The Movie Pitch for ‘Horse in Motion’ (1878), by Collin Gossel

Oh wow, Mr. Muybridge, what a coincidence running into you here! I don’t want to interrupt your dinner, but listen, I’ve got this great idea. Okay, right, great, picture this: We open on a grassy field in Palo Alto, right? Sun’s shining. Early June. There’s a horse. She’s running! Legs go up. They go down. End of movie.

What’s a movie, right? It’s kind of like A Tale of Two Cities meets you watching a real person. The images will move and tell a story. In this case, a gritty re-imagining of two seconds from a horse-race that happened 15 years ago.

Anyways, Eadward—mind if I call you Eady?—so, Eady, our main character is the Horse. This horse is a real go-getter. Think of a real Robert E. Lee’s Horse type. She’s the hottest horse around, but she doesn’t know it. Here’s her dream: to break into a full gallop and lift all four legs off the ground at once. Crazy! “Can she do it?” audiences will wonder. “Can she really bring all four of her hooves off the ground at the same time?” This is powerful stuff!

What’s her arc? When the story starts this horse is a nobody. Just another super attractive horse standing in the middle of a field. Her dad wants her to go into the family grazing business, even though she’s the most talented galloper in Palo Alto. Nobody believes in Horse except Jockey, an incredibly handsome platonic friend who rides her back and whispers supportive words into her ear. She thinks she’s gonna be a normal horse, just standing in the grass when BAM! Eady, you wouldn’t believe it, her back leg lifts up! She’s the chosen one! The chosen horse who can finally break into a full gallop and lift all four legs off the ground at the same time.

But being the chosen one is no walk in the park! Jockey has always supported her, but as Horse lifts her second leg off the ground, she realizes he’s actually pretty heavy. Internal conflict! She’ll have to choose between her dream of breaking into a full gallop and her life-long friendship with Jockey, who at that very moment admits he’s in love with her. The Horse has run about a yard now, but it feels like 20 miles.

Have I got your attention? Well, this is where we meet our villain! As if the whole world wasn’t against her already, a hitman, hired by the big-gambling industry, begins shooting at Horse so she can’t change the world of horse racing forever. He’ll be firing the gun from off-screen. Since movies have no sound, we’ll understand what’s happening through Horse’s reactions.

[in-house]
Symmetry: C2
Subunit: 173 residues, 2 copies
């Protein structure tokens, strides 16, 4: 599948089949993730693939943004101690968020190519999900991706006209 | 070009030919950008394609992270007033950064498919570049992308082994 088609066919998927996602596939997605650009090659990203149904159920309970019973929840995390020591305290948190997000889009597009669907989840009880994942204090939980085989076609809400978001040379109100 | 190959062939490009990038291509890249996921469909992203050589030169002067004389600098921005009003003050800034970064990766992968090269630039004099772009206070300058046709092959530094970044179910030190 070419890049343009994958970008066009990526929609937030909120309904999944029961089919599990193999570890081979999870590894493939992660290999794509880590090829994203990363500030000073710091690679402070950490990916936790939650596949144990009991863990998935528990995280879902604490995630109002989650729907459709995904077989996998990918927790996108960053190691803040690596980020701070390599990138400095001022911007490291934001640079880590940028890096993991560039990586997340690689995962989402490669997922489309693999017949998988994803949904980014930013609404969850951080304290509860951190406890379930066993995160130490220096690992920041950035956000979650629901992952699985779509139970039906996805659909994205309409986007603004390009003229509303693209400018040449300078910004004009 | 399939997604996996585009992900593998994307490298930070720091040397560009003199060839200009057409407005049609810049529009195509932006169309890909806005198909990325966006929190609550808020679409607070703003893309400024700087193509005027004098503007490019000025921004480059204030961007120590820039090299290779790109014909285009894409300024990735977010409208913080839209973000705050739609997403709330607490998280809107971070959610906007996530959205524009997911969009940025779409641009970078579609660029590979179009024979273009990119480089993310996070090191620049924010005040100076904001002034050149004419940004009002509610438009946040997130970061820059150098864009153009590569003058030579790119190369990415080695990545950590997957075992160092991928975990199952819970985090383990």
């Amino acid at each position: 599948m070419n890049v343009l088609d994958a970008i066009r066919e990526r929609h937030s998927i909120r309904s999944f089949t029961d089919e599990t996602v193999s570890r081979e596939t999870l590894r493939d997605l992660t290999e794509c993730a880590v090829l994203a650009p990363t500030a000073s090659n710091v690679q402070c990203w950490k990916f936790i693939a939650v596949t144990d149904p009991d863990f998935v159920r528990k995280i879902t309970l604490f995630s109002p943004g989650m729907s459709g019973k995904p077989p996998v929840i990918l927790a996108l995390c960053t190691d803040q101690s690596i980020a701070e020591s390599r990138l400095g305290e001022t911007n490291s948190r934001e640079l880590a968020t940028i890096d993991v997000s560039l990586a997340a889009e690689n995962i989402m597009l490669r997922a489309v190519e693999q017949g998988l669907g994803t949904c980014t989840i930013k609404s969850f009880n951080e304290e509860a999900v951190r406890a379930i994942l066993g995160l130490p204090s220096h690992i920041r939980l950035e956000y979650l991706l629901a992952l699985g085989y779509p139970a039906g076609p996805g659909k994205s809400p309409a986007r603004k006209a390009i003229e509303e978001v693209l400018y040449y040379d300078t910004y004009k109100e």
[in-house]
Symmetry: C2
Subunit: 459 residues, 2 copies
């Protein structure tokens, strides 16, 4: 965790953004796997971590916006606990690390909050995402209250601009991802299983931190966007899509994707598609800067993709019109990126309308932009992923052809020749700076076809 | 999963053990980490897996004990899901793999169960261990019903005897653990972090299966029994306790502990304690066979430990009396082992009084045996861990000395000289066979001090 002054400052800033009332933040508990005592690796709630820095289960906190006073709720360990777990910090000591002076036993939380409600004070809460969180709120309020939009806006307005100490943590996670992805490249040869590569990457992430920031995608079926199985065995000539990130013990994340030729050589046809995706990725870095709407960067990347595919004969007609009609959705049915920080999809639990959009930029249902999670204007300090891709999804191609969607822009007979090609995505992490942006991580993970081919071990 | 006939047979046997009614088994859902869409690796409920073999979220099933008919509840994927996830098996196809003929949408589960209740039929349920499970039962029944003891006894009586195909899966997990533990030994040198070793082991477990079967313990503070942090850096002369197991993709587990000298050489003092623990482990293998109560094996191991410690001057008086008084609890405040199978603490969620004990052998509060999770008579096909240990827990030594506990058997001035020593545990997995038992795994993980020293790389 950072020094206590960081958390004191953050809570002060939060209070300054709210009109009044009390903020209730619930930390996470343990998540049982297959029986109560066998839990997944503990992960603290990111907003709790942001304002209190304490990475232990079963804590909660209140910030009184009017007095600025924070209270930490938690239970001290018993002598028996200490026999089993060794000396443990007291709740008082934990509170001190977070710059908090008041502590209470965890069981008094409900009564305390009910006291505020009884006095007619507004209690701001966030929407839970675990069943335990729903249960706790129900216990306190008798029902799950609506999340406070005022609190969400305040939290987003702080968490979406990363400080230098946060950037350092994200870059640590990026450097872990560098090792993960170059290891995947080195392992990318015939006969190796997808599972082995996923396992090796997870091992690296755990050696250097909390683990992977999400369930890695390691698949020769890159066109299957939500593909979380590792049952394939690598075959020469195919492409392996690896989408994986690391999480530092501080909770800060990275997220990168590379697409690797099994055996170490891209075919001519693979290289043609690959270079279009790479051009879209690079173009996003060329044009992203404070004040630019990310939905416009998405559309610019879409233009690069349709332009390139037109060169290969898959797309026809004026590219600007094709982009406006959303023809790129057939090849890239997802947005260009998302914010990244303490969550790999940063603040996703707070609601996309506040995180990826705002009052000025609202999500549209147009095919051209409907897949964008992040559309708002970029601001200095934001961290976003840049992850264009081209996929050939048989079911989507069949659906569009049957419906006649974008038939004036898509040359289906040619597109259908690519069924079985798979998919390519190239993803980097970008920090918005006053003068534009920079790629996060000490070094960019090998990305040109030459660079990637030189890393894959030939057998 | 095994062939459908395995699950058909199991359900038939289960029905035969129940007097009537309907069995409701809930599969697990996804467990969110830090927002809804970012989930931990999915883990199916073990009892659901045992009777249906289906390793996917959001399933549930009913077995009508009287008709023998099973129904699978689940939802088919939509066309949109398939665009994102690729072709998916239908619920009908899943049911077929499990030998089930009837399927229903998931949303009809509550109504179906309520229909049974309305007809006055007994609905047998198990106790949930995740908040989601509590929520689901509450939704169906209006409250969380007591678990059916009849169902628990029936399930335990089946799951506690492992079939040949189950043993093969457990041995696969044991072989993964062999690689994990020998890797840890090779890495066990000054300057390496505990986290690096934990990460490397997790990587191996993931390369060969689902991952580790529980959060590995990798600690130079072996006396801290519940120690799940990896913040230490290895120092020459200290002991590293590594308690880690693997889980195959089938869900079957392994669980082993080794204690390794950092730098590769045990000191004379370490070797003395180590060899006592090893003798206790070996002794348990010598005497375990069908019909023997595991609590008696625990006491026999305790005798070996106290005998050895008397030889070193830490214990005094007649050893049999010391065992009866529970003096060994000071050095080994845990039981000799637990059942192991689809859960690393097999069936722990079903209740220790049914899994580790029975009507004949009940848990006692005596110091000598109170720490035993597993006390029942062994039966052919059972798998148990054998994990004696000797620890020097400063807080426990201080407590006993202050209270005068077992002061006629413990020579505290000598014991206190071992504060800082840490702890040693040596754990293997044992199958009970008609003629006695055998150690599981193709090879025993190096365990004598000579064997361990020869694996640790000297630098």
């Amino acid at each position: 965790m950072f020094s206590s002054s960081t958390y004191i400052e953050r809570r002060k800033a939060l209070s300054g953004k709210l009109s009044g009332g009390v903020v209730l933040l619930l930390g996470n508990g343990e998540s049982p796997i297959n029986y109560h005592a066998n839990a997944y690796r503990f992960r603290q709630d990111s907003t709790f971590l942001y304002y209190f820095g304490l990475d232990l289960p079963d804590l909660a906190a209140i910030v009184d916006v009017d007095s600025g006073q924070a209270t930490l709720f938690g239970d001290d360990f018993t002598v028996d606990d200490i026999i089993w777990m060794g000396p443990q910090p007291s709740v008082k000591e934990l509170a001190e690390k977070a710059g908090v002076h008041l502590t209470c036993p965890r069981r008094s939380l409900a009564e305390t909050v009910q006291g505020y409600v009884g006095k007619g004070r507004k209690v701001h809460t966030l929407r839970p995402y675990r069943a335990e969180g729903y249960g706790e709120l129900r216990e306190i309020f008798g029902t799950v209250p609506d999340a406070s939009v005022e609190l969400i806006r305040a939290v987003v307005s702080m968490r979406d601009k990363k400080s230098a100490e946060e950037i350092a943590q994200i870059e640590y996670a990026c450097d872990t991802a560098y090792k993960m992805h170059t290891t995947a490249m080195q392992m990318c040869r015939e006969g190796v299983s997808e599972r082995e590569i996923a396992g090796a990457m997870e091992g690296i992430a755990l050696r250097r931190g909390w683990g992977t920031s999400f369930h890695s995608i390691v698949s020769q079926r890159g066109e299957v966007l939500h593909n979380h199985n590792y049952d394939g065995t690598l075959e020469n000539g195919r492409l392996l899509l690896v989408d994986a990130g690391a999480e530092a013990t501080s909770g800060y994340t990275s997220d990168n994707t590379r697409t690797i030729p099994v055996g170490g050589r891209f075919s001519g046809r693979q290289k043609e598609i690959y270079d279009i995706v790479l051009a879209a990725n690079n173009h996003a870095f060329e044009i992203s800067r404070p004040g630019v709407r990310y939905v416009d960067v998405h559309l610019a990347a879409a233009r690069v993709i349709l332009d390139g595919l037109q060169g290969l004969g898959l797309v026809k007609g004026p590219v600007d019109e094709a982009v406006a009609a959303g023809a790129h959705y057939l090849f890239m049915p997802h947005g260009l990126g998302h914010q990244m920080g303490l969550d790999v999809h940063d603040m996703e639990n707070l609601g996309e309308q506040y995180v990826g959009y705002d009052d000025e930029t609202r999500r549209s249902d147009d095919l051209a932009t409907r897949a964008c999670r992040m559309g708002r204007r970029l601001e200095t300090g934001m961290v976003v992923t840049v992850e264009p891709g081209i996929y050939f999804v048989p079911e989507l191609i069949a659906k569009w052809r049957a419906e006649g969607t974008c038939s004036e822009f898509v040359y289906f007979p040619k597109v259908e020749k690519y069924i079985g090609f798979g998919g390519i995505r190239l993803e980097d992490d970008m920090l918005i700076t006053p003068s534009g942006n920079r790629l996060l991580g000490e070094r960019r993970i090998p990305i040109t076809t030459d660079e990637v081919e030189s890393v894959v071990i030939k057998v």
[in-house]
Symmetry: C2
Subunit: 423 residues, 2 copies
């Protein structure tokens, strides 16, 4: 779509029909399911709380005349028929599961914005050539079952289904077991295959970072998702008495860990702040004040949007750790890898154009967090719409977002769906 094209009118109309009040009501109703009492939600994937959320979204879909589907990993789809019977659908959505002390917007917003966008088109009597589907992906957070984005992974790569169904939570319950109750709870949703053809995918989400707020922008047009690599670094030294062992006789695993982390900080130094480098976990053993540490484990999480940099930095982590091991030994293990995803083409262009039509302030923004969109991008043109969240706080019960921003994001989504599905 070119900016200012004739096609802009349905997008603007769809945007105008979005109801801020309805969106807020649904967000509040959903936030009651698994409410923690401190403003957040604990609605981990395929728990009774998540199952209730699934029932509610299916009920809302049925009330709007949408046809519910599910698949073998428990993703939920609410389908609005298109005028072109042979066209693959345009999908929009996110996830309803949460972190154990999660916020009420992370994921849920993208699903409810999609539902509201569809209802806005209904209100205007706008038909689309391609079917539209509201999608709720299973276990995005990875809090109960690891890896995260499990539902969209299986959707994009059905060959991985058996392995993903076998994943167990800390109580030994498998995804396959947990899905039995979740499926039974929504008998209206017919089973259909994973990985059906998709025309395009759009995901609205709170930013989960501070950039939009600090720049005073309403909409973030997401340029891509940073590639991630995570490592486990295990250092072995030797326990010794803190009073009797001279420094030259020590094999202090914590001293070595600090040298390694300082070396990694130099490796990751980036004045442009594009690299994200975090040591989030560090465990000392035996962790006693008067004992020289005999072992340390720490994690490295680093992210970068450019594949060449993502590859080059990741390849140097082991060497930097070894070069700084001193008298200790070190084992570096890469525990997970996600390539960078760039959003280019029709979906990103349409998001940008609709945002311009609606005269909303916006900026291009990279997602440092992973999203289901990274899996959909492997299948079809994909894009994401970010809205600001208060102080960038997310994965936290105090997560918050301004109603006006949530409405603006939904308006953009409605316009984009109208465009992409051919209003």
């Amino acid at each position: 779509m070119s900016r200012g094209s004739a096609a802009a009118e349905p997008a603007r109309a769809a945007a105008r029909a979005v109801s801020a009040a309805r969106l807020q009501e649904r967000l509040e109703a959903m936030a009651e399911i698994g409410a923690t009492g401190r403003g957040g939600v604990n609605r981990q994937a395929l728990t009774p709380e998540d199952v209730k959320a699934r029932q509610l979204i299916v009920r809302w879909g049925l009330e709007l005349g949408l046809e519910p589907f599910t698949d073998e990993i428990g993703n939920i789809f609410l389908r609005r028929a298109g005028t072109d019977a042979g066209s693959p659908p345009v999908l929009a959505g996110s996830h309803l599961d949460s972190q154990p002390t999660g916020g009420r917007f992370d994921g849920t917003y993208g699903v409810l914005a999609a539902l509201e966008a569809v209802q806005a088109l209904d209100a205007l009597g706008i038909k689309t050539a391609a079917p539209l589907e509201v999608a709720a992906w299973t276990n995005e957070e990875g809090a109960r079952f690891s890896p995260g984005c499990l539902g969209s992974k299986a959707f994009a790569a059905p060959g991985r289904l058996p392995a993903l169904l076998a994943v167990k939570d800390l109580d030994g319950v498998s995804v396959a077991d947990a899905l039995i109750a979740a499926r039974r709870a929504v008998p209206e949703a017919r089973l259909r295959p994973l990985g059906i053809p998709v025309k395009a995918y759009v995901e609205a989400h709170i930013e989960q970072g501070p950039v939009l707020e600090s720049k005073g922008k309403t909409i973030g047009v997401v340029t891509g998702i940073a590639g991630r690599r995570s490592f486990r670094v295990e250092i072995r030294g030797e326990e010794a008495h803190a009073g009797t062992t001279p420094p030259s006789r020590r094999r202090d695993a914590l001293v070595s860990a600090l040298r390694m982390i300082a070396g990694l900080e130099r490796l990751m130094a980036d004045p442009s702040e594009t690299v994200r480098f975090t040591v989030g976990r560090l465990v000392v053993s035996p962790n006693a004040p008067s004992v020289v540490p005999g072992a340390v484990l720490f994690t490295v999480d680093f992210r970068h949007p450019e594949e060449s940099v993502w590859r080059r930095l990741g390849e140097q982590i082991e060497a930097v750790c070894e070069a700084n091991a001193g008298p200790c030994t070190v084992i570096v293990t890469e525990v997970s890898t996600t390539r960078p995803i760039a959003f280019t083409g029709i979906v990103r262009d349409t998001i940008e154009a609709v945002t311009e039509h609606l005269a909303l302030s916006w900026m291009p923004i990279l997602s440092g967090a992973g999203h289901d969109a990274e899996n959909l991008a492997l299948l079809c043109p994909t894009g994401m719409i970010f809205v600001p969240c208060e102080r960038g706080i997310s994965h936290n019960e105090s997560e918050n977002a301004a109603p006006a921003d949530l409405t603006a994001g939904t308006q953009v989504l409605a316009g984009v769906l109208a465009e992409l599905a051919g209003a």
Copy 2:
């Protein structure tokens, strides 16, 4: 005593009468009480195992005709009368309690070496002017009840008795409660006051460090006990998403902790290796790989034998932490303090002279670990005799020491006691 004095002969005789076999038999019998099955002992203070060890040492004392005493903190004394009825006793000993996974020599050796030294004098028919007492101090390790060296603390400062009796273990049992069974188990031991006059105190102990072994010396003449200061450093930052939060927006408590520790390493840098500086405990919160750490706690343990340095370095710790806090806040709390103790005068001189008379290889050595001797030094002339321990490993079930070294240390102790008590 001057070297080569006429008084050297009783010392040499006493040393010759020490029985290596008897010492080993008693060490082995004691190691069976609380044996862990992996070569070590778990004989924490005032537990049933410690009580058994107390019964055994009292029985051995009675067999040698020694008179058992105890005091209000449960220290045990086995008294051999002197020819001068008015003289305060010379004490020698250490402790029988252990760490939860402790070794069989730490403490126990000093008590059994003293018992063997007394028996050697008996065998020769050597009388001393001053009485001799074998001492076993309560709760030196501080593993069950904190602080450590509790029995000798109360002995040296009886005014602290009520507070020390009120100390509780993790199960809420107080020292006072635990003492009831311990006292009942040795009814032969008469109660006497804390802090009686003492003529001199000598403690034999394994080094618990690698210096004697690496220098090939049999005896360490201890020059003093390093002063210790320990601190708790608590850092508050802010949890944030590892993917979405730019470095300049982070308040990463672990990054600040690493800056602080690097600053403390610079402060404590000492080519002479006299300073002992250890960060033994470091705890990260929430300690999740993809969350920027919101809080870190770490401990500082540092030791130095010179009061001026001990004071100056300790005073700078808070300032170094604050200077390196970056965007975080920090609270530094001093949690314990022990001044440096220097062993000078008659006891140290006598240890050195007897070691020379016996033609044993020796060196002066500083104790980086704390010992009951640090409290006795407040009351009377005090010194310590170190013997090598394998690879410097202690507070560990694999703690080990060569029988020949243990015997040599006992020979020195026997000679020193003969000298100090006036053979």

And jeez, it’s all just too much for Horse! When she started her hero’s journey, Horse had no idea how hard the past quarter second would be. She decides to stop running and go back to standing still. This is our Second Act Break, Death of the Soul. Just when all seems lost, however, Jockey leans forward just a bit and tells Horse what she’s needed to hear the whole time: that he believes in her! Horse quickly whispers back that this is all thanks to Jockey, and she never would have been emotionally stable enough to go after her own goals without a man’s support. This is the emotional crux of the film.

Empowered and independent, except for Jockey, Horse finally summons up all her courage and attempts to raise both her front legs into the air at the same time! Just imagine the audience going wild, cheering on Horse, desperately hoping she achieves her goal! The hit-man offscreen is shooting bullet after bullet at her, but she’s so fast he can’t connect! Jockey is still just as heavy as he was, but they’re in love now, so she can’t even feel it! Far above their heads, an inter-dimensional portal of glowing energy is pulsing, and can’t be closed unless our hero manages to lift all four of her legs up! With one final giant heave, Horse manages to pull off the ground, and for one glorious moment, she FLIES!

Of course, everything’s different after that. From the way Horse brings her legs back down, we can tell horse racing will never be the same, and that she and Jockey will go on to lead a happy life, eating sugar cubes and running across grass for the rest of their days.

Cool, right, well let me know what you think! Ideally, the story should be about a second long and viewed in a continuous loop. It’s called The Unforgettable Ride: A Horse’s Tale…what’s that? Absolutely, Horse in Motion is just as good. We’ve got Dennison Xavier attached as cinematographer. He’s coming off of an amazing year; his film Tree in Wind was a huge hit, so we’re getting him while he’s hot!

Yes, I think there are some definite merchandising possibilities.

Collin Gossel is a comedian/writer living in New York City. His twitter, @CollinGossel, is widely regarded as a must-follow fever dream. He performs stand-up, improv, and sketch all the time and if you actually care about that, you can check out his full calendar! Collin is also host of the podcast Hopelessly Excited, where fellow comedians join him to do something fun for one glorious hour.

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The Movie Pitch for ‘Horse in Motion’ (1878), by […]